In today’s society, we have become numb to the idea of death and dying by inexhaustible media exposure of it in movies, video games, and even the evening news. It’s this constant exposure that has made us feel that death is something that happens “out there”—to other people until losing someone touches us personally. Grief, shock, and sadness suddenly become real and then we become unsure of how to feel or how we should feel.
When we personally experience death, it is no longer a character in a movie or a game but someone we knew and loved and it’s then, more important than ever, to remember that there is no right or wrong way to express grief. All too often we are expected to keep our grief neatly bundled to a three-day turnaround before we have to go back to work and then we’re expected to behave as if everything is back to normal and we’re fine.
Coping with the loss of a loved one is a personal journey that’s different for everyone, and yet in our Western culture, there seems to be an unspoken set of rules and standards as to how we should feel and for how long we should feel it. Everyone reacts differently to grief and a lot of it depends on what your relationship was with the person and the cultural and familial expectations you grew up with. Grief is a universal feeling that cuts across all ages, languages, and borders and are one of the deepest human emotions we can experience next to love.
In 1981, the Two-Track Model of Bereavement was created by Simon Shimshon Rubin, a professor of clinical psychology at the University of Haifa in Israel. Rubin is a psychotherapist, therapy supervisor, and consultant whose writings on loss and bereavement span more than than 30 years. The model examines the long-term effects of bereavement by measuring how well the person is adapting to the loss of a significant person in their life and has provided a deeper focus on the grieving process.
The main objective of the Two-Track Model of Bereavement is for the individual to “manage and live in the reality in which the deceased is absent” as well as returning to normal biological functioning. The significance of the closeness between the bereaved and the deceased is important to the functioning of grief. This focuses on anxiety, depression, somatic concerns, traumatic responses, familial relationships, interpersonal relationships, self-esteem, meaning structure, work, and investment in life tasks. This could determine the severity of the mourning and grief the bereaved will endure.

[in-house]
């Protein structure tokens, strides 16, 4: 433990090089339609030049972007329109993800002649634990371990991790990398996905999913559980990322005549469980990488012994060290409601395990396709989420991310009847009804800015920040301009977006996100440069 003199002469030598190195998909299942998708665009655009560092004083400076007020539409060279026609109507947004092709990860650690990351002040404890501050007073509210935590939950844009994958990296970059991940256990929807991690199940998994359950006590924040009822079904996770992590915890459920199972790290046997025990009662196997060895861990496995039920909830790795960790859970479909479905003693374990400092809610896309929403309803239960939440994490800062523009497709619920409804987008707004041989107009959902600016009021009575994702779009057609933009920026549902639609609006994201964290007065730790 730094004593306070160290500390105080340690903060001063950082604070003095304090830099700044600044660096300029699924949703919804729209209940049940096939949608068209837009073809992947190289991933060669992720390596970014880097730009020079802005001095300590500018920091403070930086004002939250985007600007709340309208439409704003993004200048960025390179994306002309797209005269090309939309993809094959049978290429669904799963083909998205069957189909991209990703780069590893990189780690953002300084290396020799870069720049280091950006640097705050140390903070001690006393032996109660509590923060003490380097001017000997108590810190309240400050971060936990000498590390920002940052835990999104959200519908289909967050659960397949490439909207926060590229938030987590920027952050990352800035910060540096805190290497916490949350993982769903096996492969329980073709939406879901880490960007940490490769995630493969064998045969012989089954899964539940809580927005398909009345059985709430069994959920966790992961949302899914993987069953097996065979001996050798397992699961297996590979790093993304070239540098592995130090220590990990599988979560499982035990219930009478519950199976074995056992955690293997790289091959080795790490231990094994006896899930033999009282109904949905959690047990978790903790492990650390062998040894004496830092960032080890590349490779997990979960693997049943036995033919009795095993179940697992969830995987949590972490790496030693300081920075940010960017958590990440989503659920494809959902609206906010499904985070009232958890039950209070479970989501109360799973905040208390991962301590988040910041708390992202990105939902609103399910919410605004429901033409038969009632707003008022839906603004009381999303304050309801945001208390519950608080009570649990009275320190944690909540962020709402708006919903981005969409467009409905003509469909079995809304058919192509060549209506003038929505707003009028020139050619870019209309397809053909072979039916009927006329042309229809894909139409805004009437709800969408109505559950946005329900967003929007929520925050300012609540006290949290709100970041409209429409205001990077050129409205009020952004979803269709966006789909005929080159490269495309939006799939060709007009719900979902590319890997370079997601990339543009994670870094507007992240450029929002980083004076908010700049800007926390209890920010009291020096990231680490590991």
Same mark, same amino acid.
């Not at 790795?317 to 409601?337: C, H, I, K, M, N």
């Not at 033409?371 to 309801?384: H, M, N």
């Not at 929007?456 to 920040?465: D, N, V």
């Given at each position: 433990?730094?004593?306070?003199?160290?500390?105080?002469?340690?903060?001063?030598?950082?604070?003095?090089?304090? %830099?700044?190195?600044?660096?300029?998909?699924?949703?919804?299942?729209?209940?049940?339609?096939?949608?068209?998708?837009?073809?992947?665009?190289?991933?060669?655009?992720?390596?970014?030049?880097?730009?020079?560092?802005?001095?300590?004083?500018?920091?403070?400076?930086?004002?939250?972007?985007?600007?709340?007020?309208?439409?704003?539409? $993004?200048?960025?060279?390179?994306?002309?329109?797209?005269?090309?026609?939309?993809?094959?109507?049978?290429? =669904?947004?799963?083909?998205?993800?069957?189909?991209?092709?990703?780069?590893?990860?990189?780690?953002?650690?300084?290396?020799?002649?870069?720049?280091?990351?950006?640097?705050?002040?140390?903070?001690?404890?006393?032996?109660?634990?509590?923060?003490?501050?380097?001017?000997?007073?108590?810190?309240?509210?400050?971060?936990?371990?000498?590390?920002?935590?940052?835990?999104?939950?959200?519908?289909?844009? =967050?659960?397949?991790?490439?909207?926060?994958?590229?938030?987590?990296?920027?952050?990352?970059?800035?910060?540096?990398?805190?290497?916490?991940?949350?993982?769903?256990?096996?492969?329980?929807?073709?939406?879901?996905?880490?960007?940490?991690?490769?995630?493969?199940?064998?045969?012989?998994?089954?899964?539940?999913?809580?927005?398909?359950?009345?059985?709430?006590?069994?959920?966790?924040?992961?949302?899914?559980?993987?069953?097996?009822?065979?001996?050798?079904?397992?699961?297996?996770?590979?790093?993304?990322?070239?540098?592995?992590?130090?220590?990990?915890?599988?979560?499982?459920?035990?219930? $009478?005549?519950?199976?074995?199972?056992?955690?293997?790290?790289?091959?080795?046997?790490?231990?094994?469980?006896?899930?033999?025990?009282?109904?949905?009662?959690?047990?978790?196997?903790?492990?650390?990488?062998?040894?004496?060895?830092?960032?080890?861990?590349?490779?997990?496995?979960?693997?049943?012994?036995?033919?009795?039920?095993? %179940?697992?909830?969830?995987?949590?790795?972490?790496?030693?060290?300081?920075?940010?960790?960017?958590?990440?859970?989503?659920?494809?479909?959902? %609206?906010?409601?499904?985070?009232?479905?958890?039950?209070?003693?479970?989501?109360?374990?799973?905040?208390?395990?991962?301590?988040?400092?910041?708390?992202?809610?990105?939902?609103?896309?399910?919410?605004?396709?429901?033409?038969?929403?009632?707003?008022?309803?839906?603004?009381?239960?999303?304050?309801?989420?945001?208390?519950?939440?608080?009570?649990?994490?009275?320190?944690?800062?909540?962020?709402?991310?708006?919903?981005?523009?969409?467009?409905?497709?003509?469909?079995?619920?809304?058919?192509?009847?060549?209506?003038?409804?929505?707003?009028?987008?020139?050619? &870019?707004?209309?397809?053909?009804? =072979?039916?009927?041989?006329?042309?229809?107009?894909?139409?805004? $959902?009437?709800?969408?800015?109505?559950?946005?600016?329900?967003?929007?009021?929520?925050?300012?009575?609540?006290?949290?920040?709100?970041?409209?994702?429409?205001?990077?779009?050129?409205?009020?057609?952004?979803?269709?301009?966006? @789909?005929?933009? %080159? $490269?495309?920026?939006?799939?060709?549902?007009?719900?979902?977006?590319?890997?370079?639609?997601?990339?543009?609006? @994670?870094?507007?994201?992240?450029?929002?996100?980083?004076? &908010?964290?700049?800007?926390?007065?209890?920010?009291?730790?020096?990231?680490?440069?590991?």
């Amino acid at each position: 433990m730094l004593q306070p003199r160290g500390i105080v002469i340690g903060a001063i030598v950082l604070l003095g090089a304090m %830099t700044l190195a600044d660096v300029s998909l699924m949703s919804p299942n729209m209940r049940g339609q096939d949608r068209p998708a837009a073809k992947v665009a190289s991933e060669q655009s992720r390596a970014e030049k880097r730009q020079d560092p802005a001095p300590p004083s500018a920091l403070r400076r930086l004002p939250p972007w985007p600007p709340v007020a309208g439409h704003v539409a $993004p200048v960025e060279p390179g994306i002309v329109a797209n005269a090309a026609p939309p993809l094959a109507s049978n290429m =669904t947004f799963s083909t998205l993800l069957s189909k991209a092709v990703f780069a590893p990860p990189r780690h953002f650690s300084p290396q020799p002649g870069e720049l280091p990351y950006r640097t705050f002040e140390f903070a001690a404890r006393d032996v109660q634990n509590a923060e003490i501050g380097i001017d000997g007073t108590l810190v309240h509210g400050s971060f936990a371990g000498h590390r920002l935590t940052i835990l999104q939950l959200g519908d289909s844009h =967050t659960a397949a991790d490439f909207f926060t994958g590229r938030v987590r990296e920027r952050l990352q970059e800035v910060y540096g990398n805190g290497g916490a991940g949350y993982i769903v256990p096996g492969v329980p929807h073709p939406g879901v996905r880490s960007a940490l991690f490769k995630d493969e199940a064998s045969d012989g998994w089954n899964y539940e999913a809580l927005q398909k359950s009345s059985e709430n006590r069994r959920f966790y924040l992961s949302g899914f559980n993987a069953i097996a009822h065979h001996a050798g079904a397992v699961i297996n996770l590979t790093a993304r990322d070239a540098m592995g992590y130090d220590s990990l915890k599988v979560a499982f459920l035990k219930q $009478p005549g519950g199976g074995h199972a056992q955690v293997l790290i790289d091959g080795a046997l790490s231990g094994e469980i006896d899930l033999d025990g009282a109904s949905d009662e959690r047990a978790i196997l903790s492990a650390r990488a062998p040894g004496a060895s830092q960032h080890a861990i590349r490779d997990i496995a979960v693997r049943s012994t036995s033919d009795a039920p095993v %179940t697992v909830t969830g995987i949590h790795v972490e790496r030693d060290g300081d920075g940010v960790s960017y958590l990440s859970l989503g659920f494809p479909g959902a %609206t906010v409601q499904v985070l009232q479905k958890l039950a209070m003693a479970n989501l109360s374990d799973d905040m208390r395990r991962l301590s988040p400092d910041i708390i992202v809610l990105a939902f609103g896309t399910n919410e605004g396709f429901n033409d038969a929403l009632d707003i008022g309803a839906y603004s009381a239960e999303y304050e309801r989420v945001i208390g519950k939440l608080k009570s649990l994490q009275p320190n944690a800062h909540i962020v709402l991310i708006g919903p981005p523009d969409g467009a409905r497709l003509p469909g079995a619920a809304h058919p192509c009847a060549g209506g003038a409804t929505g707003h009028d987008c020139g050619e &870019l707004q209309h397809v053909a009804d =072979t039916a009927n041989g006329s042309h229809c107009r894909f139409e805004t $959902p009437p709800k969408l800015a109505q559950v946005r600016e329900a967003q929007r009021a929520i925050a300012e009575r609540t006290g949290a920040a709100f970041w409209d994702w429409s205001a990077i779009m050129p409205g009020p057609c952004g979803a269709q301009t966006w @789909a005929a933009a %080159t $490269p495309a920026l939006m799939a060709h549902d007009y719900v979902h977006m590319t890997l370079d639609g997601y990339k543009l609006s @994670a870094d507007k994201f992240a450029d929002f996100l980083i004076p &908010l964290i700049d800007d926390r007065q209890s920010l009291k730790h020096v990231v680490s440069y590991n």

The second track of the model shows how grief mainly focuses on how the bereaved was connected to the deceased and on what level of closeness was shared. The stronger the relationship to the deceased is will lead to a greater evaluation of the relationship. Any memory could be a trigger for the bereaved, and so the way the bereaved chooses to remember their loved ones, and how the bereaved integrate the memory of their loved ones into their daily lives will determine how the length of the grieving process.
Grief is an emotion that demands to be expressed. Maybe not right now and maybe not six months from now, but there will be a time when something will remind you—most likely it will be the smallest, most inconsequential thing that will refreshen the memory of your loss, and when it happens, don’t hold back what your feeling. If you don’t release what’s in your head and your heart, the grief you keep locked up will end up hurting you.
Ancient cultures worldwide honored death as part of the life cycle. They expressed grief by keening, talking, storytelling, and sharing memories. Some people feel that it’s taboo to mention the person who has passed away for fear of bringing up sadness but people who’ve experienced loss did not lose any memories of their loved one, so talking about the person and sharing memories is a healthy way to process and move forward. Sharing stories and even laughing at some of the memories of the people we lost is not disrespectful but perhaps one of the best ways we can honor their lives and keep their memory going. Allowing ourselves to express how we feel in whatever ways we need is imperative whether it’s at the moment of the loss or a year or two down the road.
Every one of us will one day experience the loss of someone we know. And when that time comes, the way we deal with grief should be up to the individual, not up to what is dictated by our cultural norms and in whatever ways that loss is expressed, there is no room for judgment—of yourself or the person experiencing the loss. For some people, a simple acknowledgment is all that’s needed. For others, it’s a little bit more, but however it is for you or someone you know, it’s important to remember to process grief in a healthy way. Work through the grief process in whatever way works best for you, whether it is through counseling, art, meditation, or even exercise. Try them all and see what works best for you.
One of the most important things you can do is not to keep your feelings hidden or to deny them. Be open to how you feel and don’t think that you shouldn’t feel a certain way if it doesn’t fit in with everyone else’s timeframes, or perhaps even your own. There will come a time when that grief will turn to bereavement and finally to mourning, and as the feelings of loss evolve, the best way to work them all is to be forgiving and gentle with yourself or with the person you know who is going through it.